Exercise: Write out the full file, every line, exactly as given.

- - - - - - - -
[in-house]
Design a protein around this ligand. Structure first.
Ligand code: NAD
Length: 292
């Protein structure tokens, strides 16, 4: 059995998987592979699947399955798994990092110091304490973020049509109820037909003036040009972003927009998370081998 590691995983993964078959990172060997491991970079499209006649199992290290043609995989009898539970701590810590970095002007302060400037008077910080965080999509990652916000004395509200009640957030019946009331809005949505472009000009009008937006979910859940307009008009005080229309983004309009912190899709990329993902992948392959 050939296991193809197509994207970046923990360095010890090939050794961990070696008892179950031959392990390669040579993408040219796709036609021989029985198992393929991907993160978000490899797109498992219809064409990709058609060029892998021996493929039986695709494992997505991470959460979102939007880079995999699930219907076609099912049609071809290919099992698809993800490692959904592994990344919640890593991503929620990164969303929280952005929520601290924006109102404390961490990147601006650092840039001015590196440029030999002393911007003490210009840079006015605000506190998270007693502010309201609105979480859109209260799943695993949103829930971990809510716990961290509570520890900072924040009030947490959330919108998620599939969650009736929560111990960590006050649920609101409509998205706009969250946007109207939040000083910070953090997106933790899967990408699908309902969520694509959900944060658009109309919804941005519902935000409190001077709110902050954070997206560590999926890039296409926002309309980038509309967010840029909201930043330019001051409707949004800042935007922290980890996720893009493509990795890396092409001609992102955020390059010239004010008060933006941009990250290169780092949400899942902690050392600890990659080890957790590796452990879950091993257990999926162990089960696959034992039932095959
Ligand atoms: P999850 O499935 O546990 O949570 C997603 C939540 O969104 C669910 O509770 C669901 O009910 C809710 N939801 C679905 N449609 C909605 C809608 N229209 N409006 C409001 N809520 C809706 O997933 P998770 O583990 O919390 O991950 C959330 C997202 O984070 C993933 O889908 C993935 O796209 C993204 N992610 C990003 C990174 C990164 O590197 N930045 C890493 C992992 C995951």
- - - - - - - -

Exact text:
[in-house]
Design a protein around this ligand. Structure first.
Ligand code: NAD
Length: 292
């Protein structure tokens, strides 16, 4: 059995998987592979699947399955798994990092110091304490973020049509109820037909003036040009972003927009998370081998 590691995983993964078959990172060997491991970079499209006649199992290290043609995989009898539970701590810590970095002007302060400037008077910080965080999509990652916000004395509200009640957030019946009331809005949505472009000009009008937006979910859940307009008009005080229309983004309009912190899709990329993902992948392959 050939296991193809197509994207970046923990360095010890090939050794961990070696008892179950031959392990390669040579993408040219796709036609021989029985198992393929991907993160978000490899797109498992219809064409990709058609060029892998021996493929039986695709494992997505991470959460979102939007880079995999699930219907076609099912049609071809290919099992698809993800490692959904592994990344919640890593991503929620990164969303929280952005929520601290924006109102404390961490990147601006650092840039001015590196440029030999002393911007003490210009840079006015605000506190998270007693502010309201609105979480859109209260799943695993949103829930971990809510716990961290509570520890900072924040009030947490959330919108998620599939969650009736929560111990960590006050649920609101409509998205706009969250946007109207939040000083910070953090997106933790899967990408699908309902969520694509959900944060658009109309919804941005519902935000409190001077709110902050954070997206560590999926890039296409926002309309980038509309967010840029909201930043330019001051409707949004800042935007922290980890996720893009493509990795890396092409001609992102955020390059010239004010008060933006941009990250290169780092949400899942902690050392600890990659080890957790590796452990879950091993257990999926162990089960696959034992039932095959
Ligand atoms: P999850 O499935 O546990 O949570 C997603 C939540 O969104 C669910 O509770 C669901 O009910 C809710 N939801 C679905 N449609 C909605 C809608 N229209 N409006 C409001 N809520 C809706 O997933 P998770 O583990 O919390 O991950 C959330 C997202 O984070 C993933 O889908 C993935 O796209 C993204 N992610 C990003 C990174 C990164 O590197 N930045 C890493 C992992 C995951």